Regardless, I recently participate in a virtual event hosted by Worldwide Business Research (WBR) creators of the ProcureCon series.

The event was hosted and moderated by Ryan Kulp (Program Director for ProcureCon Facilities). The three hour event included panel discussions, presentations, and fireside chats with 9 leaders in Facilities Procurement.

The segment I participated in was a fireside chat between Ryan, myself and my friend and colleague Michael Beauregard.

Update – The CoronaVirus – Why It’s Been Several Weeks Since My Last Post and Why It May be A While Before You Hear From Me Again.

You might have noticed that I missed a few postings over the last few weeks.  My last post published 3 weeks prior to my sitting down to write this post.

Don’t worry, I have not been exposed to Corona Virus.  My lapse in activity is attributable to being too busy with work combined with a temporary lack of motivation.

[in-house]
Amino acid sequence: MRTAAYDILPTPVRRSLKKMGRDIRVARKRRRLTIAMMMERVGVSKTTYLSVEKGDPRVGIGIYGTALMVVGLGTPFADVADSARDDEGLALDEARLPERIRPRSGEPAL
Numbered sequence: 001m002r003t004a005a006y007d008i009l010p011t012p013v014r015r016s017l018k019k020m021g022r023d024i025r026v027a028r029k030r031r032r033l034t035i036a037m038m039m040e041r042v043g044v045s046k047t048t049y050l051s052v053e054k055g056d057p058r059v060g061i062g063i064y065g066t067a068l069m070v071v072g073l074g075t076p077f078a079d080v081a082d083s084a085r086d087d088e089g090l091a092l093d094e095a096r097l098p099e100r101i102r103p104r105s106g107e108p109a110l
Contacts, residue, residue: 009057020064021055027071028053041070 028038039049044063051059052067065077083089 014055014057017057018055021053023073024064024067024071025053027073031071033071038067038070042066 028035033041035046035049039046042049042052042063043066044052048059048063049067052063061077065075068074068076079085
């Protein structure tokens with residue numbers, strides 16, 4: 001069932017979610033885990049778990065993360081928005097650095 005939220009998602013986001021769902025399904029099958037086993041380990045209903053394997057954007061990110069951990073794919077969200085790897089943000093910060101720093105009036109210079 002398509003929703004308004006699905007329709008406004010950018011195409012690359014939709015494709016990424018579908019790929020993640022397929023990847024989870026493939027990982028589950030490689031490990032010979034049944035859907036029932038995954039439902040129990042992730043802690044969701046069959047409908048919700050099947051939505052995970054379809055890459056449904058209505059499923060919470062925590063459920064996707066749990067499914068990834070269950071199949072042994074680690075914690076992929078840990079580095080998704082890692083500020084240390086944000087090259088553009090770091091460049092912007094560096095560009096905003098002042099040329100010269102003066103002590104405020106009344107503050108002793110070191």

In a previous post I shared how the beginning of this year started with several hot projects.  Despite the impact of the Corona Virus, none of those projects have slowed down.  That together with a flurry of other activity has made it very difficult for me to find time to write.

Commentary – Working From Home – How Working From Home Will Become the New Normal and How You Should Set-up Your Home Office.

There is a discussion thread on the AIA Practice Management Forum which started with the question, “How is your firm ensuring efficiency in a remote working environment?”

There have been a number of replies which I would characterize as mixed.

The comments range, from expressions of gratitude for the time regained from no longer needing to endure a commute, to complaints about having to adapt to working in pdf.  Keep in mind these are Architects accustomed to reviewing large scale full size sheets.  Reviewing drawings on a computer screen (in pdf) is very different from being able to make comments and corrections directly onto a drawing.